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The most senior member of Ghana’s Supreme Court, Justice Jones Dotse, has stated that legal education in Ghana is fraught with many challenges.
Speaking on behalf of Chief Justice, Kwasi Anin-Yeboah at an International Conference on the Future of Legal Education in Ghana/Africa, Justice Dotse called for an overhaul of the system.
“The current state of legal education in the country is not the best. The Ghana School of Law lacks capacity relative to the numbers it receives. The school is running multiple streams at the moment since all the students cannot be in one stream.”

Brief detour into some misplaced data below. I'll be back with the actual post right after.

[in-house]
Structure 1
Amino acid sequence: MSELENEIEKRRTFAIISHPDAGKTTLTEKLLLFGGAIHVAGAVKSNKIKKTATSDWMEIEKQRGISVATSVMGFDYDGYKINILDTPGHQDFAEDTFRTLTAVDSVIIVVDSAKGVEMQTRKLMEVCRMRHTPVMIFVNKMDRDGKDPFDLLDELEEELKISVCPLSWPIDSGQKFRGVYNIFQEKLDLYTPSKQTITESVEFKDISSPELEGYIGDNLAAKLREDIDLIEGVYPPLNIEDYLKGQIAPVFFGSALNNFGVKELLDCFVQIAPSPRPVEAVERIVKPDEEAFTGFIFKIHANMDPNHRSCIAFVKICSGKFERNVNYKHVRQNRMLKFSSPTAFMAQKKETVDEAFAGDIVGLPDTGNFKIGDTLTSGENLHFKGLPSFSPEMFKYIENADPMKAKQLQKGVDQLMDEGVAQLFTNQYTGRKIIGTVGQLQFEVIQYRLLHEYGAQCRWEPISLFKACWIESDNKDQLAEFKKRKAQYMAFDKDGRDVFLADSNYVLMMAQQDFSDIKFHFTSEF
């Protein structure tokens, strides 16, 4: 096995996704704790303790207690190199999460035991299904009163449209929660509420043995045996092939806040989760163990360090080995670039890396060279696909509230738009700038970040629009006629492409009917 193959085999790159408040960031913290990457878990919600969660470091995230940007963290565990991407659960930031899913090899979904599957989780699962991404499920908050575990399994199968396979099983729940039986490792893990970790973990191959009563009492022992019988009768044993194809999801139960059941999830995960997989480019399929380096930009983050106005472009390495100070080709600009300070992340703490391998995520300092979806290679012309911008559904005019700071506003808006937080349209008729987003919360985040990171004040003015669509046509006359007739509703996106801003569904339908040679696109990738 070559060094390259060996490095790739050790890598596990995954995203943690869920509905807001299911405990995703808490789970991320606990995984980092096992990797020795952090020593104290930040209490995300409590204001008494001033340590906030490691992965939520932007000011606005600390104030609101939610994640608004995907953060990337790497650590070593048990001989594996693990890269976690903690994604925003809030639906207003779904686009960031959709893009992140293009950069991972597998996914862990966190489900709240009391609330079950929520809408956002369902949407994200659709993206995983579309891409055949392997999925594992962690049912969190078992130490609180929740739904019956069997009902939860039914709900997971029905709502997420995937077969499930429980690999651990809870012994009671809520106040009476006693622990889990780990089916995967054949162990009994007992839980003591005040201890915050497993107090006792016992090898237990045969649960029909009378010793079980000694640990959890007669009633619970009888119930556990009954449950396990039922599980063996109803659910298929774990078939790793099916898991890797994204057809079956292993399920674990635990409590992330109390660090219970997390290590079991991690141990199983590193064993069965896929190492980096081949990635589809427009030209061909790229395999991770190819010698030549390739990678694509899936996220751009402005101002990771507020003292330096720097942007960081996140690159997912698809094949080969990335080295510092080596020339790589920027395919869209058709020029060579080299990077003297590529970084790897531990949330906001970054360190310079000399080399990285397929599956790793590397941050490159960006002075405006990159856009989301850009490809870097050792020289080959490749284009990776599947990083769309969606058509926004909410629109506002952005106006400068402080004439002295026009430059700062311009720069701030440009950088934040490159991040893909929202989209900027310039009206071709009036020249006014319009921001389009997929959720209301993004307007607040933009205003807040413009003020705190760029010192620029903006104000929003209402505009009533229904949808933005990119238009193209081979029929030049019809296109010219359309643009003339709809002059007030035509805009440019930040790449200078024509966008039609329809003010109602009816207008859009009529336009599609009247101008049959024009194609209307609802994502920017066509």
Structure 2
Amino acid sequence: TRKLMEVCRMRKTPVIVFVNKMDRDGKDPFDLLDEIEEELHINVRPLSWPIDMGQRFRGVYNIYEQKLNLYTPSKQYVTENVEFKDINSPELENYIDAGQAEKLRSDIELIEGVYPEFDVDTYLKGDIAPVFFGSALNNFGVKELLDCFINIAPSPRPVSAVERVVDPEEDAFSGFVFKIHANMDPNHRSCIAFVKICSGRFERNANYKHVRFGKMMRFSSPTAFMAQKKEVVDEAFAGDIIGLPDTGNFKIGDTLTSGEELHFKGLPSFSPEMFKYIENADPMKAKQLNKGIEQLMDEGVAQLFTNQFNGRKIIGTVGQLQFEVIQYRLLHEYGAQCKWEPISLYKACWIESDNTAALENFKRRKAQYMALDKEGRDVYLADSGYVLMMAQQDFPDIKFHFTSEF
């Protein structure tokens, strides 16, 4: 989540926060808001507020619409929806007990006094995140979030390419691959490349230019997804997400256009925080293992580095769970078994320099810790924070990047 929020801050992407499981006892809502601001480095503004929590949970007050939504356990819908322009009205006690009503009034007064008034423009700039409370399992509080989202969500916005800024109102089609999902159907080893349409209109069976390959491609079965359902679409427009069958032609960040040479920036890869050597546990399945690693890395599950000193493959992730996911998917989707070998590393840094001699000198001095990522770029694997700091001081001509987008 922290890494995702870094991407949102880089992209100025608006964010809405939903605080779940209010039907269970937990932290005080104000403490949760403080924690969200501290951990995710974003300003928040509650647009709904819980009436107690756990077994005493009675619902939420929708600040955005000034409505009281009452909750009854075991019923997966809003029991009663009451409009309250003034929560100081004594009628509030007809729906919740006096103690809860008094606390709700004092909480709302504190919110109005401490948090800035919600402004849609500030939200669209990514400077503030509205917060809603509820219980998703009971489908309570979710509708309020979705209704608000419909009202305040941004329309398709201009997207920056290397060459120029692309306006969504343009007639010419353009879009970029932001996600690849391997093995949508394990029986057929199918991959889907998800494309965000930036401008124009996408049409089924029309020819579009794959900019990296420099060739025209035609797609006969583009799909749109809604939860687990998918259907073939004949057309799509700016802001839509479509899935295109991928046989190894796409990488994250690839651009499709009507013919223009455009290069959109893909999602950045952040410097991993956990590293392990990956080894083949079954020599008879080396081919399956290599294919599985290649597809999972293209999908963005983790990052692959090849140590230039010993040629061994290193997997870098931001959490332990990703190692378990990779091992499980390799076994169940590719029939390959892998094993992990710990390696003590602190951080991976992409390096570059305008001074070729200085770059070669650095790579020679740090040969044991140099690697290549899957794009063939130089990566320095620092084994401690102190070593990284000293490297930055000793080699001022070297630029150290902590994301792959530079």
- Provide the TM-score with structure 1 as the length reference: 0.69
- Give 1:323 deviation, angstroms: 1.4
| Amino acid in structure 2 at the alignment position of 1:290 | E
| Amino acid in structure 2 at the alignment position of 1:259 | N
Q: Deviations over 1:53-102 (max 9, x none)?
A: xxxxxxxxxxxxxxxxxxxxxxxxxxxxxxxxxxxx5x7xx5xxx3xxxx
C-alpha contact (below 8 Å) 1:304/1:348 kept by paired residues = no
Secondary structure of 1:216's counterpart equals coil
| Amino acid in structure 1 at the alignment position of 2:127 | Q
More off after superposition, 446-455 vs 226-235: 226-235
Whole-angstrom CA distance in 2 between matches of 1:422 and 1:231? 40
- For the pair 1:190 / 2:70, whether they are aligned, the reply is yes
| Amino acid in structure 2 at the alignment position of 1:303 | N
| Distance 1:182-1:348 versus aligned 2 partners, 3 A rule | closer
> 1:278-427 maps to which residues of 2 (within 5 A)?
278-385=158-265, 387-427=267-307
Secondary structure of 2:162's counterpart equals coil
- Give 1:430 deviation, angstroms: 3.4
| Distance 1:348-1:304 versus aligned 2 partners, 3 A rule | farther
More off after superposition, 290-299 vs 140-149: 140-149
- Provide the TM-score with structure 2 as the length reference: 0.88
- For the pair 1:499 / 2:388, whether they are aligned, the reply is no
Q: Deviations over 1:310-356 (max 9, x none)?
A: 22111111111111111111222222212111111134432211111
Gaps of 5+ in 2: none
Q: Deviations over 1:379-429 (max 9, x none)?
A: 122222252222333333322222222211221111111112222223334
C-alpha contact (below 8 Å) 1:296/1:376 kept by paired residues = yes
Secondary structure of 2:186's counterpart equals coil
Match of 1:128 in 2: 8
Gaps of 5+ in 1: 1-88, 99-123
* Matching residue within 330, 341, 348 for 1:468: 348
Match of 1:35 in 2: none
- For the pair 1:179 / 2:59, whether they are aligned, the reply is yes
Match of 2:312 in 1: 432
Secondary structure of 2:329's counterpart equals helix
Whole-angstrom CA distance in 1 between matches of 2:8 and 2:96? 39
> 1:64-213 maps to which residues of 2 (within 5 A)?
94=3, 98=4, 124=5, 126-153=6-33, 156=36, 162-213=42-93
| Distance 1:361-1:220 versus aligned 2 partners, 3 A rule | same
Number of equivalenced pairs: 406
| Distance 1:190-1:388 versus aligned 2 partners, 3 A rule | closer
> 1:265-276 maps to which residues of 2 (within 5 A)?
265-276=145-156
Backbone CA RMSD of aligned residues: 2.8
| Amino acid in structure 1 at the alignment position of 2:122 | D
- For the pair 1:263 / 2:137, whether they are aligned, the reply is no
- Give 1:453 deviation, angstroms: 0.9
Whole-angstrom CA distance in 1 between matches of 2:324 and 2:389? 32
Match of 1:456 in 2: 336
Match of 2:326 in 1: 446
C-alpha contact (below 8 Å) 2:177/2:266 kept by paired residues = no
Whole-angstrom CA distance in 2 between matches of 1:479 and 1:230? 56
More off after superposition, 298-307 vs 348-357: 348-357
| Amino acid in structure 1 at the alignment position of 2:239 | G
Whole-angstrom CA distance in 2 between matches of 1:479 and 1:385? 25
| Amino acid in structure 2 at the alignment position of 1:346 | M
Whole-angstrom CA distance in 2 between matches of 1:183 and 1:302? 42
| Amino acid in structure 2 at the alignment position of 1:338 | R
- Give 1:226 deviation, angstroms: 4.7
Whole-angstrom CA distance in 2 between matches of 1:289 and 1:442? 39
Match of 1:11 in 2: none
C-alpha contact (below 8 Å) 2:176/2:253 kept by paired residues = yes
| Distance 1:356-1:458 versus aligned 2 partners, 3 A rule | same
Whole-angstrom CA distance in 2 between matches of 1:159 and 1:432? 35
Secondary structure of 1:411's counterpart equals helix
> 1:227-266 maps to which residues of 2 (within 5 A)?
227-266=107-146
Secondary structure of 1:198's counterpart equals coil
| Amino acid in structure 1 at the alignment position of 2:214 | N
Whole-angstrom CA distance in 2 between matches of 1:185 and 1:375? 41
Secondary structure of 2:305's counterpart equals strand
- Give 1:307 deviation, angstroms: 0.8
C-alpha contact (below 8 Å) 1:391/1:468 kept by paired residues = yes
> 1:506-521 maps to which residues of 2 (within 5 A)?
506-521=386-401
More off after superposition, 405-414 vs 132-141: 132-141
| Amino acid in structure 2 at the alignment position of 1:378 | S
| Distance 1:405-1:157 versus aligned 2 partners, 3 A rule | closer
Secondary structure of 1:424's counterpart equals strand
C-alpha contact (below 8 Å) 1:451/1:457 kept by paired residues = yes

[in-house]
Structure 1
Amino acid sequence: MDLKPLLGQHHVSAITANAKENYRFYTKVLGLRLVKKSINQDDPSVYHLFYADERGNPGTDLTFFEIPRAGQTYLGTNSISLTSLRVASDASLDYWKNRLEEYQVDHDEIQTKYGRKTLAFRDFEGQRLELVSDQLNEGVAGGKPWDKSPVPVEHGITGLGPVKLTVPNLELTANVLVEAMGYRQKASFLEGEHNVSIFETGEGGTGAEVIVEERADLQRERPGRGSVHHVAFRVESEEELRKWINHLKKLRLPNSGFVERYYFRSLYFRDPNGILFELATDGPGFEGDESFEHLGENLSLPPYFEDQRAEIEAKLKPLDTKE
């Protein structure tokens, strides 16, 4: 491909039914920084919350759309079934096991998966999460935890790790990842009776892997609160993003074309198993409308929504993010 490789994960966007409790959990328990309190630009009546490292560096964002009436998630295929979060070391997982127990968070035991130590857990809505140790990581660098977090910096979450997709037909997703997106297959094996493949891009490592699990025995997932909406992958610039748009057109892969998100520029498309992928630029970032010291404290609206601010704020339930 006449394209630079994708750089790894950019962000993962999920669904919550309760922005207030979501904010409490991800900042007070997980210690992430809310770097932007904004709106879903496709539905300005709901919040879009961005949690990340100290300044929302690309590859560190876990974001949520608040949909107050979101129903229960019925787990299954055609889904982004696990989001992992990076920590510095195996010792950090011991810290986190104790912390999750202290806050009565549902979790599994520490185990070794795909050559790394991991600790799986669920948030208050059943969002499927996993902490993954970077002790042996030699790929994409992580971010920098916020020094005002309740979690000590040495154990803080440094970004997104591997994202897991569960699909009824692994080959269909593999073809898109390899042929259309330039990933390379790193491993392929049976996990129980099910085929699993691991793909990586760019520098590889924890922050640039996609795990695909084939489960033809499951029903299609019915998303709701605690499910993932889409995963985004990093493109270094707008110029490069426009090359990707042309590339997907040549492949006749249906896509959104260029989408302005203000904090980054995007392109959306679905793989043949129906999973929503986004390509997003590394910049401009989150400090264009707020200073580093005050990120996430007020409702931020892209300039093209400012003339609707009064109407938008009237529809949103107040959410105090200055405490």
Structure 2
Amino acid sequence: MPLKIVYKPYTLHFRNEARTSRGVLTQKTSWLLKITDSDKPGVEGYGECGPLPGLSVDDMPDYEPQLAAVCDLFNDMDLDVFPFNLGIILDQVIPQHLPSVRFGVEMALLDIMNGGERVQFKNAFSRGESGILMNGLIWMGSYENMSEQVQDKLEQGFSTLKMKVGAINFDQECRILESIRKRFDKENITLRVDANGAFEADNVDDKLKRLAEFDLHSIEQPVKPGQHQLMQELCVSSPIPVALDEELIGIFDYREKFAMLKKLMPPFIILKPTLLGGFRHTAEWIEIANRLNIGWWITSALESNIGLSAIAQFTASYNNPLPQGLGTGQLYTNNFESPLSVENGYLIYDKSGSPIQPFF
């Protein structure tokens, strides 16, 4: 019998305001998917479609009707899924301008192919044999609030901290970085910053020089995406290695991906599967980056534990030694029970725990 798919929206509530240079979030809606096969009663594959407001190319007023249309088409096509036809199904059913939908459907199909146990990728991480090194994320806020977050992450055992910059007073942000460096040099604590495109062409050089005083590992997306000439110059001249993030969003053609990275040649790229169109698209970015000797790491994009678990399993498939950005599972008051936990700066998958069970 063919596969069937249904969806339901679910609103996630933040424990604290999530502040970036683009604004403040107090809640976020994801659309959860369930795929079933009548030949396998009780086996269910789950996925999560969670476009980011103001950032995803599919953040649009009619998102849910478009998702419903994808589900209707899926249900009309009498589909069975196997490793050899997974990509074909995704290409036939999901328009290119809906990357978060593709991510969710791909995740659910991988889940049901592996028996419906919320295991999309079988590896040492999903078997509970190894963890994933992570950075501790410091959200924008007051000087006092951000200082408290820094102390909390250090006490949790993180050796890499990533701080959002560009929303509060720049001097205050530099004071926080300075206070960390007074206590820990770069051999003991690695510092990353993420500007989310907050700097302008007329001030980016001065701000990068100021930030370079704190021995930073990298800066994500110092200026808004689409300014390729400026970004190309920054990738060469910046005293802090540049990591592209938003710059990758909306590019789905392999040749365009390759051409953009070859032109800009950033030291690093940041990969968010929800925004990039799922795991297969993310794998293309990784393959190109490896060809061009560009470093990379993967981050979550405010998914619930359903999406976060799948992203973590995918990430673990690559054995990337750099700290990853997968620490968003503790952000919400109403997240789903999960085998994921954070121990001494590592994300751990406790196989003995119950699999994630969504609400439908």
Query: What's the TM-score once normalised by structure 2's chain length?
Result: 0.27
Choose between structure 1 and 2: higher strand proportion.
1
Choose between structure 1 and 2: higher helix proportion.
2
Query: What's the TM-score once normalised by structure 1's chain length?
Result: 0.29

“There is a general opinion shared by stakeholders that there is the need for expansion. Also, Legal education in Ghana lacks a clear policy direction. There is always contention with entrance exams. The structure of the governing body for legal education may require some revision,” he added.
Legal education has become a thorny issue in the Ghanaian public discourse, with varied entrenched positions on the subject.
Whereas some have advocated a liberalised and decentralized system of professional legal education, in particular, others insist on maintaining a strict and controlled access regime.
A comment by the Attorney General, Godfred Dame, to the effect, that practicing law is a privilege and not a right, also took the debate on legal education to another level.
All these came about after some 499 law students who were denied entry into the Ghana School of Law embarked on several protests including a lawsuit.
The General Legal Council has since agreed to admit them.